Katie Taylor inspires Irish women to take up boxing

Teacher Niamh Durack took up boxing three years ago after being introduced to it by her partner

The Katie Taylor effect has seen women of all ages and walks of life enter the boxing ring in their droves to get fit, gain confidence and relieve stress, says Áilín Quinlin

NIAMH DURACK swapped her boxing gloves for a bridal bouquet when she married her fiancé, the well-known comedian, Chris Kent earlier this month. The 29-year-old primary teacher from Rathmines, is one of a growing number of Irish women who box. Durack became interested in the sport three years ago after being introduced to it by Cork-born Kent, who boxed competitively at one stage, and still enjoys it as a hobby.

Last January, the bride-to-be signed up for regular training sessions with former Irish Olympian and professional boxer Cathal O’Grady, whose White Collar Boxing company trains wannabe boxers all over the country.

“I never experienced exercise like it,” she says. “I was always fit, but with the boxing training my body shape changed and I became more toned and shapely,” she says, adding that the sport has many other benefits. “There’s a good social aspect to it, it’s a great stress-reliever and it’s challenging and different.”

Durack, who also ran the Dublin City Marathon last month, believes boxing compares favourably with exercise regimes such as boot camps or spinning.

People were surprised to hear the petite 5’1” schoolteacher continued boxing in the run-up to her her humanist wedding ceremony in Slane.

“They said I could end up with a black eye. But it’s very difficult to get hurt as the training is very controlled,” she says.

More and more women are entering the sport, says Billy Walsh, head coach with the Irish Amateur Boxing Association’s high performance team.

“Over the last few years there’s been a big uptake, particularly amongst women coming in from other sports,” says Walsh who believes it has come on the back of Katie Taylor’s successes.

Katie Taylor inspires Irish women to take up boxing

Twenty-something females are attracted by the fitness and conditioning element of the sport, while clubs are also seeing an influx of younger young girls from the age of nine or 10.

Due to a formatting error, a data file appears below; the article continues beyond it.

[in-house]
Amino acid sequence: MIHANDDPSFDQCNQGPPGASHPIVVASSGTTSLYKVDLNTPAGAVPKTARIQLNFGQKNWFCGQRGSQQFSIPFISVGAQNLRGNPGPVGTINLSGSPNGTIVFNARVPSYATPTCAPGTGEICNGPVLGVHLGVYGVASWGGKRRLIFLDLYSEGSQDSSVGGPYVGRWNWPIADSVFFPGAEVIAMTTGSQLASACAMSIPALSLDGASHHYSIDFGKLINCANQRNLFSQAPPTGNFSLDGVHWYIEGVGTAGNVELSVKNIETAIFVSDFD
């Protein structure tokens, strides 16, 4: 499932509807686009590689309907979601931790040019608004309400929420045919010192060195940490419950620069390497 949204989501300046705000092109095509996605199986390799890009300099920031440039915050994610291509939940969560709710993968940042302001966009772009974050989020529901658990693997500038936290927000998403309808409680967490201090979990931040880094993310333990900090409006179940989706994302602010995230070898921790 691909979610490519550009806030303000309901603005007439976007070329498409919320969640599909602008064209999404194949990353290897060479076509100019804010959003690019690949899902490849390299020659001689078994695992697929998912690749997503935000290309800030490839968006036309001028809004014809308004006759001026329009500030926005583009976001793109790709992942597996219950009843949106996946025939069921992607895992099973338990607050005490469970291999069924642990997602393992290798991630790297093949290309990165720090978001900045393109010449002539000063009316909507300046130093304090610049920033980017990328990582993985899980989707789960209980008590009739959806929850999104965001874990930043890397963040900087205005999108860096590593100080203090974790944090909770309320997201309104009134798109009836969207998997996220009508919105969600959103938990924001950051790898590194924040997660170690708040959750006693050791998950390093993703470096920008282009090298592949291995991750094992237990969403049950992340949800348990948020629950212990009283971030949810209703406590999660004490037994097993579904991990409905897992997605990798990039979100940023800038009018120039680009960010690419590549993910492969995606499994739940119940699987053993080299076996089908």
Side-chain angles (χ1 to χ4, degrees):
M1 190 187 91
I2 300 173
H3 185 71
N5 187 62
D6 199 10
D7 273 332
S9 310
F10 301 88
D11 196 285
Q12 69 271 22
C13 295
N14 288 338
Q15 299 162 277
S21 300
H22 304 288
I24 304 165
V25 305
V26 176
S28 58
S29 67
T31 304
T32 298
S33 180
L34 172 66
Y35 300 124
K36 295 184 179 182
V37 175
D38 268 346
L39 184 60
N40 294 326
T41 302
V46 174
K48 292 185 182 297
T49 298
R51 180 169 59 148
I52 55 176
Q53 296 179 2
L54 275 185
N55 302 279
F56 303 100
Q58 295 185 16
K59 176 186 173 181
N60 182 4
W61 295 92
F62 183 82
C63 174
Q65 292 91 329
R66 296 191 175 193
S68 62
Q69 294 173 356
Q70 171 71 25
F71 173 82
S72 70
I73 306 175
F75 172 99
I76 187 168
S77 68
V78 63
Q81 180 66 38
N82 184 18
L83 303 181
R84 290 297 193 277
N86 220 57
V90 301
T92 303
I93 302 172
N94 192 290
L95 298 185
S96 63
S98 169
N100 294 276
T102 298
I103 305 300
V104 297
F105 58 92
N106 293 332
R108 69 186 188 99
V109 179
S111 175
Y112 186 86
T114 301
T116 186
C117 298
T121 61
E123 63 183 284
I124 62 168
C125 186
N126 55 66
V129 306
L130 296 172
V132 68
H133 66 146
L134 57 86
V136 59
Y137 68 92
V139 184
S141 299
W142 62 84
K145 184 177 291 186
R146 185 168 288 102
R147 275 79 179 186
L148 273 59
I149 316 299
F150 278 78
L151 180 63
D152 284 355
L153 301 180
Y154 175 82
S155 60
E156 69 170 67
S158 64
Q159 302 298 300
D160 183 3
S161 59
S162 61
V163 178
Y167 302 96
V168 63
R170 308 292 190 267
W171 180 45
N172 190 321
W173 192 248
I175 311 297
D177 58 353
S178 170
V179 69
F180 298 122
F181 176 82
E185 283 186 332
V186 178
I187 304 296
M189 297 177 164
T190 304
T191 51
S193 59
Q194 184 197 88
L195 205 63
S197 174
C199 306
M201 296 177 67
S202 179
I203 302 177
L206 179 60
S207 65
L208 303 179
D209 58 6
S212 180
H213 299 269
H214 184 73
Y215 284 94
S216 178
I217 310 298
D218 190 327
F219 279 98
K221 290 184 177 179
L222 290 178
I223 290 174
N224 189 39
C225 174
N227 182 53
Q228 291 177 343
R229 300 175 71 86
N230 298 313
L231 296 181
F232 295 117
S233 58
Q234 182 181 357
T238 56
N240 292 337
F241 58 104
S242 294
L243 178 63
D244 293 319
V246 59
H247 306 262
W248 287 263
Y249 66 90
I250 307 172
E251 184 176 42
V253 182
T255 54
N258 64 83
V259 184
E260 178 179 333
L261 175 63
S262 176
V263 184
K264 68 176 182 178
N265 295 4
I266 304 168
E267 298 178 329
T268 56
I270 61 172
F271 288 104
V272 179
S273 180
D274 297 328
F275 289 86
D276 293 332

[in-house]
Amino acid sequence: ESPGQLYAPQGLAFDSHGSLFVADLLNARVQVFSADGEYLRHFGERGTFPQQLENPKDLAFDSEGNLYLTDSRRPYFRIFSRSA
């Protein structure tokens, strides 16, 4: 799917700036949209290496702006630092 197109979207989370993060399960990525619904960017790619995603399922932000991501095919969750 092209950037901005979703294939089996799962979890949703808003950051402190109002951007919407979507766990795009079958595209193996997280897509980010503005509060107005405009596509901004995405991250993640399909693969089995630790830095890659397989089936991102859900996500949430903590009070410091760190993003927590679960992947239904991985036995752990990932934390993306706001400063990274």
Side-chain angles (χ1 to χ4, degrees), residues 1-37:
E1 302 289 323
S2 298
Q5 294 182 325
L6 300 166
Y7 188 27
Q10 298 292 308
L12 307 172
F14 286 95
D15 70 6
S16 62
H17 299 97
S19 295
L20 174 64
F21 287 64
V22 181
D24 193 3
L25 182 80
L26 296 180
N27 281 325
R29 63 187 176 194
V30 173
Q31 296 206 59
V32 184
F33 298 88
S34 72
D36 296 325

Over the past eight years Mick O’Brien of the Cork County Boxing Board has noticed a steady growth in the number of women in both urban and rural clubs taking up boxing as a sport

“This year Cork won 20 all-Ireland titles and four or five of those were won by women representing the city and county. Katie Taylor has been a major influence — young women are attracted to the sport because of her,” says O’Brien.

Females now make up about 20%-25% of overall membership throughout Cork — eight years ago that figure would have been about five per cent, says O’Brien, whose board represents 31 clubs throughout the region,

“That’s a very big jump, and central to it is Katie Taylor,” he says.

Girls usually start from around the age of eight, when they concentrate on ‘shadow’ boxing, which is primarily about learning the moves and using the gloves before entering competitive boxing from about the age of 11.

Andy Kerrins, head coach and founder of the Bantry Boxing Club which guided female champ, Nadia Barry, through to the 2005 Irish Intermediate Middleweight title, says some mums do worry initially.

“ Mothers are often quite concerned about injury but it’s not really an issue because boxing is a very controlled sport so injury is very rare with younger members.

“When mothers come and see how the kids are trained, the environment in which they are trained and the people who train them, they know they’re in safe hands.”

Jane Finch was a bit taken aback two years ago when her eight-year-old daughter Emily, voiced an interest in the sport.

“I was worried she might get hurt, but for the first few years she was in the younger group and it was all about training. There was no physical contact — they were just using the punchbag.”

Emily joined Bantry Boxing Club and has progressed into the older age group which trains twice a week. She will soon start sparring, says Janet.

“I haven’t seen her in the ring yet. You do worry,” she says adding that it will be a year or so before she starts fighting competitively.

“I’m a bit nervous about that — you have this picture of heavyweight boxers and teeth flying. But it’s very well regulated; they wear head-gear and the gum shield and they’re trained very well. I have faith in the club.”